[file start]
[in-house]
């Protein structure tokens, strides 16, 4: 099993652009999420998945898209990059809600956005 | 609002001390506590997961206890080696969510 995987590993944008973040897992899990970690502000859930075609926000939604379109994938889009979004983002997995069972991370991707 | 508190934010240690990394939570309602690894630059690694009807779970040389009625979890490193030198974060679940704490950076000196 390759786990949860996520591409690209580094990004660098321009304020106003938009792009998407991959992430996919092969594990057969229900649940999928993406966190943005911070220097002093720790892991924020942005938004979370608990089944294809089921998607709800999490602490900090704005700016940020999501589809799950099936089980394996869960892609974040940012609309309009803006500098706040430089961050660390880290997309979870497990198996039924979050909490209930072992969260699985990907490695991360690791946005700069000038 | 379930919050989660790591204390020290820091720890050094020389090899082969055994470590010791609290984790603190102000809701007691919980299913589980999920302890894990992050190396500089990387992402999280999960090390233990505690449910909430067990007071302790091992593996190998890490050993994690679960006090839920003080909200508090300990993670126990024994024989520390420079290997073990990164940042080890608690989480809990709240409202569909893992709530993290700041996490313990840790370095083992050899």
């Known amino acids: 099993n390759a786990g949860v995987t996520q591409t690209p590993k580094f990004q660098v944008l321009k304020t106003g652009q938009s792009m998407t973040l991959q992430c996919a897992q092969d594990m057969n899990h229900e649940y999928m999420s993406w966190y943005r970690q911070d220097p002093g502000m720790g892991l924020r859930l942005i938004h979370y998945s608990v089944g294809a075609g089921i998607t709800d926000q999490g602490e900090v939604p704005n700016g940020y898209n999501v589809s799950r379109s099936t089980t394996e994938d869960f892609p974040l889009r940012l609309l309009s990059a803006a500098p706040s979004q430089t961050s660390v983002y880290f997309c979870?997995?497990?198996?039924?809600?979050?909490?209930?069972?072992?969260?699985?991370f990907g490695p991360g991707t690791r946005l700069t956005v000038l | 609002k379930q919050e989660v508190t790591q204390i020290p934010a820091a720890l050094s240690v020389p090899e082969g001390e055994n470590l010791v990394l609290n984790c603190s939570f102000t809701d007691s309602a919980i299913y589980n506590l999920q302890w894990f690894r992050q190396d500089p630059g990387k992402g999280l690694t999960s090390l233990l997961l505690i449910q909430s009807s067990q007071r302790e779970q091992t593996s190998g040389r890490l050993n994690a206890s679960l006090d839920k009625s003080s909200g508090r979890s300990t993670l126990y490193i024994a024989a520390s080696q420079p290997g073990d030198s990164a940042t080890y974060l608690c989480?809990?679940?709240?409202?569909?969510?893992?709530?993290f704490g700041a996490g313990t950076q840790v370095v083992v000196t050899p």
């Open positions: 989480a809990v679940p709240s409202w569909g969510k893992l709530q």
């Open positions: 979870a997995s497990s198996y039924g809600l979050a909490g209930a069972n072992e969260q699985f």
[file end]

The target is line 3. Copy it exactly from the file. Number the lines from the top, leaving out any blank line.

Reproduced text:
């Known amino acids: 099993n390759a786990g949860v995987t996520q591409t690209p590993k580094f990004q660098v944008l321009k304020t106003g652009q938009s792009m998407t973040l991959q992430c996919a897992q092969d594990m057969n899990h229900e649940y999928m999420s993406w966190y943005r970690q911070d220097p002093g502000m720790g892991l924020r859930l942005i938004h979370y998945s608990v089944g294809a075609g089921i998607t709800d926000q999490g602490e900090v939604p704005n700016g940020y898209n999501v589809s799950r379109s099936t089980t394996e994938d869960f892609p974040l889009r940012l609309l309009s990059a803006a500098p706040s979004q430089t961050s660390v983002y880290f997309c979870?997995?497990?198996?039924?809600?979050?909490?209930?069972?072992?969260?699985?991370f990907g490695p991360g991707t690791r946005l700069t956005v000038l | 609002k379930q919050e989660v508190t790591q204390i020290p934010a820091a720890l050094s240690v020389p090899e082969g001390e055994n470590l010791v990394l609290n984790c603190s939570f102000t809701d007691s309602a919980i299913y589980n506590l999920q302890w894990f690894r992050q190396d500089p630059g990387k992402g999280l690694t999960s090390l233990l997961l505690i449910q909430s009807s067990q007071r302790e779970q091992t593996s190998g040389r890490l050993n994690a206890s679960l006090d839920k009625s003080s909200g508090r979890s300990t993670l126990y490193i024994a024989a520390s080696q420079p290997g073990d030198s990164a940042t080890y974060l608690c989480?809990?679940?709240?409202?569909?969510?893992?709530?993290f704490g700041a996490g313990t950076q840790v370095v083992v000196t050899p």